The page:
Mother Teresa. The mere mention of her name evokes thoughts of praise, admiration, and most likely, unattainable sanctity. Could we ever dream to reach her level of holiness? Honored internationally for her work with the poor, she has much to teach the rest of us. As the universal Church...
Category: Saints / Holy People
On June 15, 1955, a siren sounded, signaling a nuclear-attack drill. The entire population of New York City obediently sought shelter in basements and subway stations, or, in the case of schoolchildren, under their desks. According to the authorities, this first in a series of civil-defense drills was a “complete success.” Well, almost. It was marred by a middle-age, whitehaired woman and twenty-six others who refused to play this war game. Dorothy Day, founder of the Catholic Worker movement, and her companions instead sat in City Hall Park, where they were arrested and later sentenced to jail. The judge who imposed bail likened the protesters to “murderers” who had contributed to the “utter destruction of these three million theoretically killed in our city.”
Healer and Miracle Worker
It was a miracle waiting to happen. In 1966, a medical examination revealed that Angela Boudreaux’s abdomen was swollen to proportions of a six-month pregnancy from a liver nine times normal size. A preliminary biopsy found no liver tissue at all, and exploratory surgery determined that 90 percent of the liver was simply “replaced” by a malignant tumor. A number of pathologists confirmed the findings. Angela, a wife and mother of four young children, was told she had two weeks to live.
Saint Gerard has become one of the most beloved saints in the world. Visitors at his shrine in Materdomini, Italy, discover a room dedicated to the miracles attributed to Saint Gerard. Thousands upon thousands of letters, photographs, and gifts of thanksgiving from all over the world recognize Saint Gerard’s powerful intercession.
Although his name is not listed on the official Church calendar for March 15 (also the feast of Saint Joseph, foster father of Jesus), Clement Mary Hofbauer is my choice for saint of the month.
One reason for this choice is that Saint Clement, born on December 26, 1751, in central Europe, became a Redemptorist priest, just as I did, so we are “family.” Second, I am presently living in Saint Clement Health Care Center, and I will soon need a benevolent promoter “on the other side.”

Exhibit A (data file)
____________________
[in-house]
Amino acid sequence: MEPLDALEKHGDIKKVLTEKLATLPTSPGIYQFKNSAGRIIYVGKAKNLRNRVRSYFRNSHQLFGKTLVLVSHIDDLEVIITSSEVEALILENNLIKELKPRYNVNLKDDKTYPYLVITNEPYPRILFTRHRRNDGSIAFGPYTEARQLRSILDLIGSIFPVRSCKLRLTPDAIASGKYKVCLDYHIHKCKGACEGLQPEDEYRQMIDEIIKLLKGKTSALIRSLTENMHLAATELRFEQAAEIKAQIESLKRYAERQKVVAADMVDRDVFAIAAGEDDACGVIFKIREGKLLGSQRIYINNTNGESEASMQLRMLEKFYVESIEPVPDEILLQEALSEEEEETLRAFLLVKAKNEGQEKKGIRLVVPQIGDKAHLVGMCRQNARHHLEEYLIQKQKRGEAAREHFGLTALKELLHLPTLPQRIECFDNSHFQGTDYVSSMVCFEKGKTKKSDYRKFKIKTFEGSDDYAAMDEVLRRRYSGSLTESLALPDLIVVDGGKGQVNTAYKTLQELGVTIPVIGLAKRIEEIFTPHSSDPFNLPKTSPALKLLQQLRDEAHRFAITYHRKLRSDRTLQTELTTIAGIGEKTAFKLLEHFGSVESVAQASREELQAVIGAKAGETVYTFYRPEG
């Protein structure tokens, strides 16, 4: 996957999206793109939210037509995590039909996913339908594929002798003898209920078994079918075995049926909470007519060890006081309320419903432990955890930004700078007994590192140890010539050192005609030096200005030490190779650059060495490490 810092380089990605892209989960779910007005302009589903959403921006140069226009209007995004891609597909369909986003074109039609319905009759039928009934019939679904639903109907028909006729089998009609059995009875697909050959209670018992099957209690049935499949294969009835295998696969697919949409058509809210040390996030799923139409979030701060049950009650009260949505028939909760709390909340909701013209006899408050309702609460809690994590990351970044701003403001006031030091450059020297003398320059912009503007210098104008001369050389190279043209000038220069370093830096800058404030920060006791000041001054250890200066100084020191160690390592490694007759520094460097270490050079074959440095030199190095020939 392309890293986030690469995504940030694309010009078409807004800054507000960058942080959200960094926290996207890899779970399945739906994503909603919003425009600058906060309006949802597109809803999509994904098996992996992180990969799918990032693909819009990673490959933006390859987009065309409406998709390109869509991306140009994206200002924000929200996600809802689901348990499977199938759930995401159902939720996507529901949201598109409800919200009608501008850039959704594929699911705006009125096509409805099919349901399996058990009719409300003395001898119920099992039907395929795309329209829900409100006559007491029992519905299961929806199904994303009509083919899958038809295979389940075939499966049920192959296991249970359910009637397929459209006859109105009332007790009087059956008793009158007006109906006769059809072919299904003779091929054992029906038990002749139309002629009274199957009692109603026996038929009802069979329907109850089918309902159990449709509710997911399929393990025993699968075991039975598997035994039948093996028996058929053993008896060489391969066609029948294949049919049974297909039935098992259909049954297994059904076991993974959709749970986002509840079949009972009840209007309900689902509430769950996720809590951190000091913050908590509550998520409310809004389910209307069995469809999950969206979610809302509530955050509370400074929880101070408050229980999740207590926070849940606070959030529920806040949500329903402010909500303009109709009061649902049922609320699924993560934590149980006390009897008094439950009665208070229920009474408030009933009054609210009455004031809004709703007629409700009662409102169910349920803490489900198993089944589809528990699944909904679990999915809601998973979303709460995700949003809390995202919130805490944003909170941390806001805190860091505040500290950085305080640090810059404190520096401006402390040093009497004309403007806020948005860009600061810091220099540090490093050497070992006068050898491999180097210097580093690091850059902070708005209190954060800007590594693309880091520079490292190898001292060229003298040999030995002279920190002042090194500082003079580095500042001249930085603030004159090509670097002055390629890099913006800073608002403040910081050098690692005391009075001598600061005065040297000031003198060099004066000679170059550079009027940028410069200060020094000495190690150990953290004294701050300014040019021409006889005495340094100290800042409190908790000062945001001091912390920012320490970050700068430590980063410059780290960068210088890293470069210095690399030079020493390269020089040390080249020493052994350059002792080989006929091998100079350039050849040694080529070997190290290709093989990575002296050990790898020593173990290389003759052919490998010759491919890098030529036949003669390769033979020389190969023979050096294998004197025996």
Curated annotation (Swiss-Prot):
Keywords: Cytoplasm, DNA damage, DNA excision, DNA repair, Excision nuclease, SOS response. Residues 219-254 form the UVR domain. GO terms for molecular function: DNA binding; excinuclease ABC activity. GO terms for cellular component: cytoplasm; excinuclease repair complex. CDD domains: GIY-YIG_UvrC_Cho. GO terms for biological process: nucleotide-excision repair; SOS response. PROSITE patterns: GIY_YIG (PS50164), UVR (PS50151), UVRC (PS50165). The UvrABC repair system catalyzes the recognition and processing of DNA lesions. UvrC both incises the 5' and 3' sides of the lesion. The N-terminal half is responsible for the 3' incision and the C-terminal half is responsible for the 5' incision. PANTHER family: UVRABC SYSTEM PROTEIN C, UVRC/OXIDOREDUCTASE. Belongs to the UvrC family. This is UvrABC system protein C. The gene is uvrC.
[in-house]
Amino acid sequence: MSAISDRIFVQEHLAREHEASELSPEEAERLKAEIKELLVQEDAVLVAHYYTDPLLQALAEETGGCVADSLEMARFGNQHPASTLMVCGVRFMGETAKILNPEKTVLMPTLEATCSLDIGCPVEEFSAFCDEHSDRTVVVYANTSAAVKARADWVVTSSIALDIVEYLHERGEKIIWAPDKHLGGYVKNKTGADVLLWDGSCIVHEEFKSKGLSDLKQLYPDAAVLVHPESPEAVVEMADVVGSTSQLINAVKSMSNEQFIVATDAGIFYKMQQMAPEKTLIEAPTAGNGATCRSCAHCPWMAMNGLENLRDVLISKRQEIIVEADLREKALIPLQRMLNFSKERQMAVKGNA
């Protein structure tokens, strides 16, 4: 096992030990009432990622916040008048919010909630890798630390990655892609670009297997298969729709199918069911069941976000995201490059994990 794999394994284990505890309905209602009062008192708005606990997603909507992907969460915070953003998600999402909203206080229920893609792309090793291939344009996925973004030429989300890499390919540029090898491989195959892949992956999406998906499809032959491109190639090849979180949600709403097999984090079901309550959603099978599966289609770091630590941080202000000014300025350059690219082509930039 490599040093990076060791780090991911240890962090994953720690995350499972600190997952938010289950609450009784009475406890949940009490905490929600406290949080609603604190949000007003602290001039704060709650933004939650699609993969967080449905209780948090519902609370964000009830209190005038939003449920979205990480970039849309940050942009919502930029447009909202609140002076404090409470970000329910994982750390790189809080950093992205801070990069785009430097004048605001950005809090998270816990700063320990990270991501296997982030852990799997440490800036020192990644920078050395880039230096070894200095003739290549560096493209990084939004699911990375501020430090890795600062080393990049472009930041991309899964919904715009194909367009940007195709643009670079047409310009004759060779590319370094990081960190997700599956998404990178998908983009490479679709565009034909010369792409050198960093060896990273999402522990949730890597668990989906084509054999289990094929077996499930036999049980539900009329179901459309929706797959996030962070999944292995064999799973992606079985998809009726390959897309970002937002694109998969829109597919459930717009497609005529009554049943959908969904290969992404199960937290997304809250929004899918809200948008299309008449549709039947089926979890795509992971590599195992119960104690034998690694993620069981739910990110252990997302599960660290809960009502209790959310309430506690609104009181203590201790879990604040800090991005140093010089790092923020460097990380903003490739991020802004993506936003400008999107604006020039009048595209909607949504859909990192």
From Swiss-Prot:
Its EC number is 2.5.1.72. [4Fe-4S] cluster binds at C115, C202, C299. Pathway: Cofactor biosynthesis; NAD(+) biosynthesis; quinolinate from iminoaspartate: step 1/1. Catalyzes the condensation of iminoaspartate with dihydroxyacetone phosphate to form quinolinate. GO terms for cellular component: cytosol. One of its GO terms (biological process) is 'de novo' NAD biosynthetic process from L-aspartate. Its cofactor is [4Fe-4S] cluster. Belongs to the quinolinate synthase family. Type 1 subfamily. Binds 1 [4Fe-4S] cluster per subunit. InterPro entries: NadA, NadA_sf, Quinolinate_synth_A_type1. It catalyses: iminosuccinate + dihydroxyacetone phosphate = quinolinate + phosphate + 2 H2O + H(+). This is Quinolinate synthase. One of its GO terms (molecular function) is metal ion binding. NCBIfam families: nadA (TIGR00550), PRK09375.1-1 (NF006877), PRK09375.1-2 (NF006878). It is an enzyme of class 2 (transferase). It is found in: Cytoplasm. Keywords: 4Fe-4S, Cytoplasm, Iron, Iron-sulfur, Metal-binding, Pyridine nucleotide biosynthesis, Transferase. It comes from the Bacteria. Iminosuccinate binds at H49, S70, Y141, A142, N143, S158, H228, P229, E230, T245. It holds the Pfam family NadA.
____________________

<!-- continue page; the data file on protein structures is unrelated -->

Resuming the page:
So even though we cannot celebrate him liturgically, we can recall some facts of his life that have caused him to be recognized as the “second founder” of the Redemptorists and the patron saint of Vienna.
In the Gospel story of the widow’s mite, Jesus is unimpressed watching the rich put large offerings into the temple treasury. He praises instead the poor widow who put in only two copper coins. "I assure you," he said to his disciples, "this poor widow has put in more than all the rest."
Saint John Neumann reminds me of that poor widow. He was a short, shy, back-country immigrant priest. In the eyes of some he was an unimpressive, awkward little man; but in God’s eyes John was peerless, and his mite was a priceless gift. All that he had and was he willingly offered to God.
Saint Alphonsus’ famous Christmas carol Tu scendi dalle stelle O King of Heaven! from starry throne descending, Thou takest refuge in that wretched cave; O God of bliss! I see Thee cold and trembling, What pain it cost Thee fallen man to save! Thou, of a thousand worlds the great...
Gerard never set foot outside Italy, left no significant writings, and died at age twenty-nine after only six years of religious life. But even in his day, this humble Brother was considered a saint. He was friendly and generous by nature, and his confidence in God’s goodness seemed to give him supernatural influence. One biographer called him "the spoiled child of God" because whatever he asked for in prayer, he got.
Readers of Liguorian receive regular doses of information about the Redemptorists and their founder, Saint Alphonsus Liguori. For Alphonsus’ vision of preaching God’s plentiful redemption among the poor to endure, it would require men with a desire to preach and the ability to adjust their preaching and ministry to new eras. The Redemptorists would find such a man in Clement Hofbauer. It was Clement and a few other stalwart souls who were commissioned to spread the faith in a context different from that of the Papal States, where the Congregation was born in 1732. His work attracted the attention of many people in the nineteenth century and eventually led to his canonization in May 1909.